When the Fish Don't Hit, the Memories Will
Nothing Quite Like Treble Hooks in the Head
by Robb Hoff
November 4, 2012
Hurricane Sandy quickly put a stop to the Fall fishing on the Ohio River in about a New York minute.
Below Markland Dam, the water had risen from under 20 feet to over 33 feet in a just a few days, and with the rising waters went the patterns in place before the storm waters spewed into the river valley.
It looked like the sauger and saugeye would be highly active with the pool low, but the bank access to those saugeye was nearly 15 feet higher with surf hitting the shore like it was ocean driven.
The muddied water makes the fishing even more problematic as it churned through every gate of the dam, generating tailwater that looked more like a Class 5 whitewater rapid than the Ohio River.
The upheaval of water wasn't quite as dramatic along the hydroelectric side of the dam, but the water was nonetheless high and discolored.
And the fish weren't hitting there either.
But that didn't stop fellow Hubber, Dr. Dirt, and me from trying our luck there for a couple hours. Only when cast after cast with too infrequent hits finally convinced us to pronounce that enough was enough did we climb the rip-rap back to the top of the bank and the parking lot.
As we talked the way up and the conversation meandered to the topic of treble hooks on lures and their dangers for those unaccustomed to using them, that Lake of Memory Rising (courtesy of William Fix) overtook the banks of time and had me transported back to the mid-1970's in Cincinnati at a pay lake called Clovernook.
Clovernook actually had three lakes, if I remember correctly. I had only fished there maybe three times with my dad during the mid-1970's, but one of those trips marked my first real encounter with treble hooks or "trouble hooks" as I would refer to them thereafter.
Dad had entrusted me with a Rapala floating lure that had three treble hooks dangling from the gold lure body. While he fished at one of the lakes, I ventured out to try my luck at another of the lakes.
Cast after cast without even the hint of a hit had finally drawn my wandering attention to the mass that seemed to be drifting slowly closer to the bank where I stood. Finally, once I recognized what the object was, I waited for its arrival within my casting range.
As soon as I could reach it, I connected with the Rapala. The rod bent down as I struggled to wind the Zebco with the weight at the end of the line. But gradually I brought the prize closer to shore.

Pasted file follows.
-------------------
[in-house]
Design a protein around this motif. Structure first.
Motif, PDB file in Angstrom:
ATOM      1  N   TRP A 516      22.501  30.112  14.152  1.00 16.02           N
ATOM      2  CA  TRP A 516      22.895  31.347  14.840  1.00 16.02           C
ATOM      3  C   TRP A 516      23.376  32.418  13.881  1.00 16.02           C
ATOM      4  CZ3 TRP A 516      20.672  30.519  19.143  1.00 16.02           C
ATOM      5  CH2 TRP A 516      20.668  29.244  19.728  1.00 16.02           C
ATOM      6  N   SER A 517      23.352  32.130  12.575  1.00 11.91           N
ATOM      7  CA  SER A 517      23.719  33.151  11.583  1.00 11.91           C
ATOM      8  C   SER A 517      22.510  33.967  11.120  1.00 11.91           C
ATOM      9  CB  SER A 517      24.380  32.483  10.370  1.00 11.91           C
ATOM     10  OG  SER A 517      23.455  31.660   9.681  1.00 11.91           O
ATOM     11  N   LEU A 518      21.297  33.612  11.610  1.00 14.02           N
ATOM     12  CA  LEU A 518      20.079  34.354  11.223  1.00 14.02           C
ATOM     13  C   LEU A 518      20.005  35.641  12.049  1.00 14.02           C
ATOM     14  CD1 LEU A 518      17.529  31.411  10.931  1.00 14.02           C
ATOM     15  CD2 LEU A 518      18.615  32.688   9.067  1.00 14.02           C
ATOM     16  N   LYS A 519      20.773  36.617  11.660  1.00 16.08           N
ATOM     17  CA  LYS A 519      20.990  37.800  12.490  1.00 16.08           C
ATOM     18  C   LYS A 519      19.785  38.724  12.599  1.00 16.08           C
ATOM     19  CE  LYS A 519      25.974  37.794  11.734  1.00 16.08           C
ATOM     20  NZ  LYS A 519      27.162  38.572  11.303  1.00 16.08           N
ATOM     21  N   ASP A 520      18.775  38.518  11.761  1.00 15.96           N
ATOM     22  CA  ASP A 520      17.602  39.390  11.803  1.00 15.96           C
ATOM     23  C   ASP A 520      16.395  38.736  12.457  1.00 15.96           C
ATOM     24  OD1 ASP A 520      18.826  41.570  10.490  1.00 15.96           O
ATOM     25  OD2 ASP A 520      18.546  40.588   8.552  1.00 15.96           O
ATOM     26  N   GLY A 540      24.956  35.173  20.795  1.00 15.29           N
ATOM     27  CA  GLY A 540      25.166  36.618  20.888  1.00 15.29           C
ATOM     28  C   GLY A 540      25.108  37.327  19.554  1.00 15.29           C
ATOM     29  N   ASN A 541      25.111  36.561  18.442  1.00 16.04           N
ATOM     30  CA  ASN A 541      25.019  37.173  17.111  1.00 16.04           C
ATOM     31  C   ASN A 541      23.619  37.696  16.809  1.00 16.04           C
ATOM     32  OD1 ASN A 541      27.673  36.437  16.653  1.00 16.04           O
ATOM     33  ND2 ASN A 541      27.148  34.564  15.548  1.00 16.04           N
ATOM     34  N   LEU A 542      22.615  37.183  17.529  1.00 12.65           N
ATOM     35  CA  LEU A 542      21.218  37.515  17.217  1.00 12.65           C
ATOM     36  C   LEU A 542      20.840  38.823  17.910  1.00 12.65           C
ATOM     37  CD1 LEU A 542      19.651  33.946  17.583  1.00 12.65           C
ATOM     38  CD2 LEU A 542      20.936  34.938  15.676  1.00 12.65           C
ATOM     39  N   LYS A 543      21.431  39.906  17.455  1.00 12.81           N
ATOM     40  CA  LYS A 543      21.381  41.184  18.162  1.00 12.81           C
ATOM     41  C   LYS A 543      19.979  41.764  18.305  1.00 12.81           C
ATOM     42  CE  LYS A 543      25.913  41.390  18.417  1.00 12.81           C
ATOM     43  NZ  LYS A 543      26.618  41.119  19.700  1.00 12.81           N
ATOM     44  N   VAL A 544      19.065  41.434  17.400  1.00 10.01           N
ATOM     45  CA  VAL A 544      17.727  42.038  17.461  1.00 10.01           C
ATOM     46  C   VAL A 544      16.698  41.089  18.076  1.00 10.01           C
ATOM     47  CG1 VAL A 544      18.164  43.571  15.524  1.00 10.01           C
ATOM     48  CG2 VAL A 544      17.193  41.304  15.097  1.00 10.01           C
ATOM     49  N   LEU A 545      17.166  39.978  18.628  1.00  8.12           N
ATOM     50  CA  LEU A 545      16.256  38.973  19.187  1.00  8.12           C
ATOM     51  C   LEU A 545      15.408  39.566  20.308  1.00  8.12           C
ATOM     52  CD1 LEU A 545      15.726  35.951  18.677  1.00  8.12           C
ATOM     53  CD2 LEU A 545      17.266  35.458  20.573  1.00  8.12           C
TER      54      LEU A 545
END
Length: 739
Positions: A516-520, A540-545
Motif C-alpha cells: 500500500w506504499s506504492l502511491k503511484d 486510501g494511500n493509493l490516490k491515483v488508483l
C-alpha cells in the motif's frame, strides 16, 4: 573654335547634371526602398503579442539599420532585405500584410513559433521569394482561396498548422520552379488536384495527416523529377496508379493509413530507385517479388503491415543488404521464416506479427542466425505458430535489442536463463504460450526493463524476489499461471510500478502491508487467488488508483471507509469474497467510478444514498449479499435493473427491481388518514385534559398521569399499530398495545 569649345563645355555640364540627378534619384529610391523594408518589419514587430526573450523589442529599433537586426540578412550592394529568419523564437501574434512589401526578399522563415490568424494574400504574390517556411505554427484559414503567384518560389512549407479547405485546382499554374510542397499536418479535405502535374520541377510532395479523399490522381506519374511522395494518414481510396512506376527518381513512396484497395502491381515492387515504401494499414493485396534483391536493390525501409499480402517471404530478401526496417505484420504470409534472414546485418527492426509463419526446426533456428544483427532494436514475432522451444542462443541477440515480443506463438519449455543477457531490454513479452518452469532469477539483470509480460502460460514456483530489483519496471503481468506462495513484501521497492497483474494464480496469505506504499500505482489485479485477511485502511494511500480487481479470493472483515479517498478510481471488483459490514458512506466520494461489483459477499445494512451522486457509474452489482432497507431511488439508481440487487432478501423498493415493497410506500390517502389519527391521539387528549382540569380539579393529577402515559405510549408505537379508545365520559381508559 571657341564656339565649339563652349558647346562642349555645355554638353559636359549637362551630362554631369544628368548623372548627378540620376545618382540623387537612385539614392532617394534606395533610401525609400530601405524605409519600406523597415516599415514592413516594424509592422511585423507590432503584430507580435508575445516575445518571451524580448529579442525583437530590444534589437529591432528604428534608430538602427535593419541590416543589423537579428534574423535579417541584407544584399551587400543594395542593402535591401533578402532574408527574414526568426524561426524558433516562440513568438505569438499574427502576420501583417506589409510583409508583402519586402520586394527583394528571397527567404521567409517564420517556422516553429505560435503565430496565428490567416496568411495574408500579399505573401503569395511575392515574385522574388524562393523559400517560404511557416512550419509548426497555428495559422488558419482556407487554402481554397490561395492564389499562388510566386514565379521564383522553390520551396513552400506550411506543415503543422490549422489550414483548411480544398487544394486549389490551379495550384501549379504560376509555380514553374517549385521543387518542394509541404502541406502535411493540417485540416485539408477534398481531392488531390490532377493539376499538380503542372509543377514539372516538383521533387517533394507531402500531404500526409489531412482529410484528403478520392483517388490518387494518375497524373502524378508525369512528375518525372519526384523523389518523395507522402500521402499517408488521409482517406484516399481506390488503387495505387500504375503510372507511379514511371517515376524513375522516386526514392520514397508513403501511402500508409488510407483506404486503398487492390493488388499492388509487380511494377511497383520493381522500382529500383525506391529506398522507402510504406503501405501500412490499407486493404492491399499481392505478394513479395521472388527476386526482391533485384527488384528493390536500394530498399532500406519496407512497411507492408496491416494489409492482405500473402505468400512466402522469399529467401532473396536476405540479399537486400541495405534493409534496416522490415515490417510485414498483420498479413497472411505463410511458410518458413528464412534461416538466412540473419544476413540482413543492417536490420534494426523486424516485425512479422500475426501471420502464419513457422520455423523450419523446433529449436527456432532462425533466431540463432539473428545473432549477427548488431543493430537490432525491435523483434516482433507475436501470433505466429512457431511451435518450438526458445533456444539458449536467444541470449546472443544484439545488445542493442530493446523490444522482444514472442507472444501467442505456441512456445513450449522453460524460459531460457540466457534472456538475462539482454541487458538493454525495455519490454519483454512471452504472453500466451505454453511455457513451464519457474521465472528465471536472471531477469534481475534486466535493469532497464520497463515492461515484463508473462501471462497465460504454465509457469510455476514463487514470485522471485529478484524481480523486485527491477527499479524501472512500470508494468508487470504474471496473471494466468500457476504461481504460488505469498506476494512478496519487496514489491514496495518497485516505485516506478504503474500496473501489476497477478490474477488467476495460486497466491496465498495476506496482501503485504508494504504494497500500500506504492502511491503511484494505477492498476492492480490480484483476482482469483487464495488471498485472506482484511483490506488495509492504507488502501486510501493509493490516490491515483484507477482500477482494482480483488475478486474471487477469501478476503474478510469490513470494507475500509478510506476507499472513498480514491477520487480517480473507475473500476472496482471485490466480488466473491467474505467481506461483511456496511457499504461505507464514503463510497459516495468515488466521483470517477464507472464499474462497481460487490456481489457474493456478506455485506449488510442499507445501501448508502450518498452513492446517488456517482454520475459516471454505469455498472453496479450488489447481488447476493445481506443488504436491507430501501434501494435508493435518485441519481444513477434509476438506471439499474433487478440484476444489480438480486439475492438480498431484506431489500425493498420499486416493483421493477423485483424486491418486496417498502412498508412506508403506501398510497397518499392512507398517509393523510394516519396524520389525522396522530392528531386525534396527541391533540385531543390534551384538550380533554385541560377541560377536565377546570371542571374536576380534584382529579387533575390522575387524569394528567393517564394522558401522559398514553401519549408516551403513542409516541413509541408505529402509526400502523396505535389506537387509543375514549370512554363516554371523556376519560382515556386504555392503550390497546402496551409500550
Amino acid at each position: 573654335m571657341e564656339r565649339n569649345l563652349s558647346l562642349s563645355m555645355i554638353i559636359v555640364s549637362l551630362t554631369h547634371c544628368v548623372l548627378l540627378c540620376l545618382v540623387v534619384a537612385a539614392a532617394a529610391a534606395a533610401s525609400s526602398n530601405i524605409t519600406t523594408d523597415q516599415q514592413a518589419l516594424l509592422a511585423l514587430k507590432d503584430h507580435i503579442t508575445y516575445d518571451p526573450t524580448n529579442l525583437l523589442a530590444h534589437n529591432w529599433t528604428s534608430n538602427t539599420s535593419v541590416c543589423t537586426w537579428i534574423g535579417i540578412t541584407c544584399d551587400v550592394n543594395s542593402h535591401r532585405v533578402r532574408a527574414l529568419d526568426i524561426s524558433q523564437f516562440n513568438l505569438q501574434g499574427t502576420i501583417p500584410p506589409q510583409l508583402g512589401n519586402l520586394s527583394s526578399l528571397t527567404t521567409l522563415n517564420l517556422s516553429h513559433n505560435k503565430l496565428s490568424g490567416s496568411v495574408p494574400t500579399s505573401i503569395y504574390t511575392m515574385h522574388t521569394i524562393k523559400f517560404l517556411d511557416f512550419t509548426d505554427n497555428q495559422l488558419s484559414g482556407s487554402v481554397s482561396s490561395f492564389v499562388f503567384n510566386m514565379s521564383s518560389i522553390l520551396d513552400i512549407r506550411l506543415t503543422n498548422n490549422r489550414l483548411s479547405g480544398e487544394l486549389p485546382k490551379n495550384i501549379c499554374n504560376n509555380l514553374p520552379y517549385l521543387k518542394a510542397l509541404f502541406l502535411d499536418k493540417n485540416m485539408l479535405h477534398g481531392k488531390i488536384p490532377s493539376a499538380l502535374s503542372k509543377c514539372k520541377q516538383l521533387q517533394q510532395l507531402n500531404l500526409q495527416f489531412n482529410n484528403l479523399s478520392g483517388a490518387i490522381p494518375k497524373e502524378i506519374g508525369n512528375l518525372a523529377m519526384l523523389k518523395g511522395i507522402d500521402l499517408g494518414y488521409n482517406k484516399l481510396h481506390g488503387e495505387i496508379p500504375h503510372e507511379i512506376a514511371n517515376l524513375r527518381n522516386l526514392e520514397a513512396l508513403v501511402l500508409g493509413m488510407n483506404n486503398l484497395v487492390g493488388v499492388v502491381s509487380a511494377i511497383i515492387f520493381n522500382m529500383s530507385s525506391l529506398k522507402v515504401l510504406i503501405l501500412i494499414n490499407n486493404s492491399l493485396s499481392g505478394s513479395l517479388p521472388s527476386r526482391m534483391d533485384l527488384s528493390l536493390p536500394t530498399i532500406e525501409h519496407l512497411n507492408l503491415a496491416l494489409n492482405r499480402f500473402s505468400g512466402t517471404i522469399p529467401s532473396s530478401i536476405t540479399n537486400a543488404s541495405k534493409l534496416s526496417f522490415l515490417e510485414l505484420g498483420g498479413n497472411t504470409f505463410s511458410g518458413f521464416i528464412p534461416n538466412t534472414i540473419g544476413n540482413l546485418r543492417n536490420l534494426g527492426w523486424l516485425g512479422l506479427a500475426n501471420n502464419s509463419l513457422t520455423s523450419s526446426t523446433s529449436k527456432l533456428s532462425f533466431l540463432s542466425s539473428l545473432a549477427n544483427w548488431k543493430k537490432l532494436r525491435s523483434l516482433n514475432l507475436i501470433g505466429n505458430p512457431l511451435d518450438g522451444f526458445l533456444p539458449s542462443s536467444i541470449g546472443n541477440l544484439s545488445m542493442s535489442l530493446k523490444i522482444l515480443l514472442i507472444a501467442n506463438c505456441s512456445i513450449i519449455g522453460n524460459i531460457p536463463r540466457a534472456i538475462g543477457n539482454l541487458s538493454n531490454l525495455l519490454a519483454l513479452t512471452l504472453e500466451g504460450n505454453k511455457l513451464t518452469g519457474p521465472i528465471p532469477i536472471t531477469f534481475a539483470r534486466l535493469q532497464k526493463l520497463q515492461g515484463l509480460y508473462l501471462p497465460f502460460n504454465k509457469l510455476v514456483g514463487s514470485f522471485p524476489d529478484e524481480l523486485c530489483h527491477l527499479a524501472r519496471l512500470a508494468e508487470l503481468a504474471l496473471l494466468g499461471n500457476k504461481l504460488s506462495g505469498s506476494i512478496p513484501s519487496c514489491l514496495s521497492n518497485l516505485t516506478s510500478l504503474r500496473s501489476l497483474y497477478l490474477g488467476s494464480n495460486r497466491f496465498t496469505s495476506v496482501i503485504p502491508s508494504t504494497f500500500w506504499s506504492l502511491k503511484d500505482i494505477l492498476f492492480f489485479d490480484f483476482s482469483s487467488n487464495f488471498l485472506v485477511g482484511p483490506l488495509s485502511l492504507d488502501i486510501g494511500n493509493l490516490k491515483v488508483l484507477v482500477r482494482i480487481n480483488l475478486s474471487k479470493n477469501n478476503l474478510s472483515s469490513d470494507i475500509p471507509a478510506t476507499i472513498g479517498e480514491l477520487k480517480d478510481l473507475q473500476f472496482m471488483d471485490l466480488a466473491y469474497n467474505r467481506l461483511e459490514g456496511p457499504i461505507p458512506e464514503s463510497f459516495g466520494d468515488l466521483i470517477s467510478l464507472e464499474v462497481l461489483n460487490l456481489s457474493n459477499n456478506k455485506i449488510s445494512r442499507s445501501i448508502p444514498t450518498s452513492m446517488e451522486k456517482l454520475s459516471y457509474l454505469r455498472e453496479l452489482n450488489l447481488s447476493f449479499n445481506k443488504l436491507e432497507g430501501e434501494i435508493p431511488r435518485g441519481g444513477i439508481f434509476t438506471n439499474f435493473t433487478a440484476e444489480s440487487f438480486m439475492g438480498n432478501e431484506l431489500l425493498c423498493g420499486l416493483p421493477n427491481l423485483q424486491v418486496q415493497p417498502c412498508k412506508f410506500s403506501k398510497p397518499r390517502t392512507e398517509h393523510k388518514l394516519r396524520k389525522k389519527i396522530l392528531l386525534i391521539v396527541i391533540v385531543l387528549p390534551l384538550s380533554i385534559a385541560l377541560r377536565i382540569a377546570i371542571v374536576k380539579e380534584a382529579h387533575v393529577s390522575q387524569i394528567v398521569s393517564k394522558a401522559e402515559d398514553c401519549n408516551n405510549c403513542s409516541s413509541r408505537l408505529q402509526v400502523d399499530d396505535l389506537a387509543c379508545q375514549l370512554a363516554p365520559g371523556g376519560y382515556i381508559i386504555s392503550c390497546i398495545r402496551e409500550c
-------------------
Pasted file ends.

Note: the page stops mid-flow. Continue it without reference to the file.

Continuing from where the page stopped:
Then, as I pulled harder, the unexpected happened and the lure somehow came free, hurtling the Rapala and its three treble hooks toward me.
Panicked, I whipped the rod forward as the lure flew past and the next unexpected event happened, teaching a 10-year-old his first and most lasting lesson about treble hooks.
I believe every point of all three treble hooks lodged into the back of my head as I whipped the rod forward and snapped the lure back toward me with it.
It sounds worse than it was because the hooks didn't bury past the barbs, but it still took an insufferably long while to pick the hooks out of the back of my head.
Embarrassed but undeterred, I set about to complete my task and claim my prize with a plan hatched to perfection. And I cast the Rapala back to the mass in the water. This time I finished what I set out to do. I had what I needed and I ventured back to where Dad was still fishing.
It was with mixed feelings, though, and growing doubt that I approached Dad, and as I saw the look on his face as I drew near, that doubt grew.
"Robbie, that fish is dead," my dad said.
And it was. One of its eyes was popped out and the rigor mortis had set in long before I cast my Rapala to snag it. I surveyed the catfish for some hope that an unexpected surge of life would course back through it, which for anyone who has ever cleaned a catfish to eat can appreciate because they do not die quickly.
But no such luck, so I did the next best thing and offered the alternate version of events that I had concocted as I walked back to show my dad what I had "caught".
"The fish died while I was winding it in," I said, somewhat defensively, to which my Dad burst out into laughter.
Dr. Dirt thought it was funny too, and I hadn't thought about that event for quite some time.
I would've called my dad and related the event again for him to relive if I could have, but no such luck. Dad died earlier this year and has left it up to me to carry on the angling tradition that we shared and hopefully helped carry forward over decades of fishing that often times produced more stories to tell than fish to show.
And those memories can sure seem like treasures because sometimes you have to have something to fall back to when the fishing just ain't no good.